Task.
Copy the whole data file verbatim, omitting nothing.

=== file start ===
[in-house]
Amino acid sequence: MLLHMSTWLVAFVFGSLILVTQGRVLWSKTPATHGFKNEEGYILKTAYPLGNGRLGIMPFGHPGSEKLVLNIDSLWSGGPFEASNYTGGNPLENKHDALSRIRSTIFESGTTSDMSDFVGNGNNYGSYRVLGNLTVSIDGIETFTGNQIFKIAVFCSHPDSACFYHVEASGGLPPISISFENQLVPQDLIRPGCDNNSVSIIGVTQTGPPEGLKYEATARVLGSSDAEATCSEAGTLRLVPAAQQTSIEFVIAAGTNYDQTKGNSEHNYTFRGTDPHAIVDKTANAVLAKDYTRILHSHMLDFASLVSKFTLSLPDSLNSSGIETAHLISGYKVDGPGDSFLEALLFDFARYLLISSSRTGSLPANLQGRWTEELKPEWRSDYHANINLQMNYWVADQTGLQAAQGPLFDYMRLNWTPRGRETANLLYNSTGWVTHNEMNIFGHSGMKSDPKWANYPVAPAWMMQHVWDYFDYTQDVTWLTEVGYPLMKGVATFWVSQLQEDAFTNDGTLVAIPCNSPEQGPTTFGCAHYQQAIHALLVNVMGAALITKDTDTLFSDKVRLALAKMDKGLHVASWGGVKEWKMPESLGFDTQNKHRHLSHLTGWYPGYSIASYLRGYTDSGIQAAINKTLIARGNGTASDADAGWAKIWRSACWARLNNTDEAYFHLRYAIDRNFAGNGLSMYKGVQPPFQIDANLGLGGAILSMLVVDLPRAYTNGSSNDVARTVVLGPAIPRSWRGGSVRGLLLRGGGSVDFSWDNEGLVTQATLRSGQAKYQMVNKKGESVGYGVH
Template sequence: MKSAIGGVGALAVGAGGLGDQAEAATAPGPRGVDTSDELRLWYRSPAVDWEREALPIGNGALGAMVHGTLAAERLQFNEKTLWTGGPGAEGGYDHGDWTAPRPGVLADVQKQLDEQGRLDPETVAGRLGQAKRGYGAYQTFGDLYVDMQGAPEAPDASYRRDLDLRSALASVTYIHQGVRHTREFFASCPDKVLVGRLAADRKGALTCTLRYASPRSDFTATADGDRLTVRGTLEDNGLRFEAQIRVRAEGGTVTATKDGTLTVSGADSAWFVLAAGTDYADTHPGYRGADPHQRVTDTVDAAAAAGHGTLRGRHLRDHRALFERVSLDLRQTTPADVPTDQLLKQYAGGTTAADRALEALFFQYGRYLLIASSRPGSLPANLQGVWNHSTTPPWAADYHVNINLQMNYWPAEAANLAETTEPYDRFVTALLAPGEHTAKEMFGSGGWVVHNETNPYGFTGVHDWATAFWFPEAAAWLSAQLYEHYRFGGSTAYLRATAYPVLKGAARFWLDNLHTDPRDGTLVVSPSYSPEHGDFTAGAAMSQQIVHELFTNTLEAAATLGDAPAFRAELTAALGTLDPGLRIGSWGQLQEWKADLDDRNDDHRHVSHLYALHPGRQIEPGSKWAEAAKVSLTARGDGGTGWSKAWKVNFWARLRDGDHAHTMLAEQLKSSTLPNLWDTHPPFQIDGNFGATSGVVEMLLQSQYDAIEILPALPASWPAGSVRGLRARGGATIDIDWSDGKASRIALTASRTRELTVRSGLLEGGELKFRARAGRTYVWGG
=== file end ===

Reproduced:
[in-house]
Amino acid sequence: MLLHMSTWLVAFVFGSLILVTQGRVLWSKTPATHGFKNEEGYILKTAYPLGNGRLGIMPFGHPGSEKLVLNIDSLWSGGPFEASNYTGGNPLENKHDALSRIRSTIFESGTTSDMSDFVGNGNNYGSYRVLGNLTVSIDGIETFTGNQIFKIAVFCSHPDSACFYHVEASGGLPPISISFENQLVPQDLIRPGCDNNSVSIIGVTQTGPPEGLKYEATARVLGSSDAEATCSEAGTLRLVPAAQQTSIEFVIAAGTNYDQTKGNSEHNYTFRGTDPHAIVDKTANAVLAKDYTRILHSHMLDFASLVSKFTLSLPDSLNSSGIETAHLISGYKVDGPGDSFLEALLFDFARYLLISSSRTGSLPANLQGRWTEELKPEWRSDYHANINLQMNYWVADQTGLQAAQGPLFDYMRLNWTPRGRETANLLYNSTGWVTHNEMNIFGHSGMKSDPKWANYPVAPAWMMQHVWDYFDYTQDVTWLTEVGYPLMKGVATFWVSQLQEDAFTNDGTLVAIPCNSPEQGPTTFGCAHYQQAIHALLVNVMGAALITKDTDTLFSDKVRLALAKMDKGLHVASWGGVKEWKMPESLGFDTQNKHRHLSHLTGWYPGYSIASYLRGYTDSGIQAAINKTLIARGNGTASDADAGWAKIWRSACWARLNNTDEAYFHLRYAIDRNFAGNGLSMYKGVQPPFQIDANLGLGGAILSMLVVDLPRAYTNGSSNDVARTVVLGPAIPRSWRGGSVRGLLLRGGGSVDFSWDNEGLVTQATLRSGQAKYQMVNKKGESVGYGVH
Template sequence: MKSAIGGVGALAVGAGGLGDQAEAATAPGPRGVDTSDELRLWYRSPAVDWEREALPIGNGALGAMVHGTLAAERLQFNEKTLWTGGPGAEGGYDHGDWTAPRPGVLADVQKQLDEQGRLDPETVAGRLGQAKRGYGAYQTFGDLYVDMQGAPEAPDASYRRDLDLRSALASVTYIHQGVRHTREFFASCPDKVLVGRLAADRKGALTCTLRYASPRSDFTATADGDRLTVRGTLEDNGLRFEAQIRVRAEGGTVTATKDGTLTVSGADSAWFVLAAGTDYADTHPGYRGADPHQRVTDTVDAAAAAGHGTLRGRHLRDHRALFERVSLDLRQTTPADVPTDQLLKQYAGGTTAADRALEALFFQYGRYLLIASSRPGSLPANLQGVWNHSTTPPWAADYHVNINLQMNYWPAEAANLAETTEPYDRFVTALLAPGEHTAKEMFGSGGWVVHNETNPYGFTGVHDWATAFWFPEAAAWLSAQLYEHYRFGGSTAYLRATAYPVLKGAARFWLDNLHTDPRDGTLVVSPSYSPEHGDFTAGAAMSQQIVHELFTNTLEAAATLGDAPAFRAELTAALGTLDPGLRIGSWGQLQEWKADLDDRNDDHRHVSHLYALHPGRQIEPGSKWAEAAKVSLTARGDGGTGWSKAWKVNFWARLRDGDHAHTMLAEQLKSSTLPNLWDTHPPFQIDGNFGATSGVVEMLLQSQYDAIEILPALPASWPAGSVRGLRARGGATIDIDWSDGKASRIALTASRTRELTVRSGLLEGGELKFRARAGRTYVWGG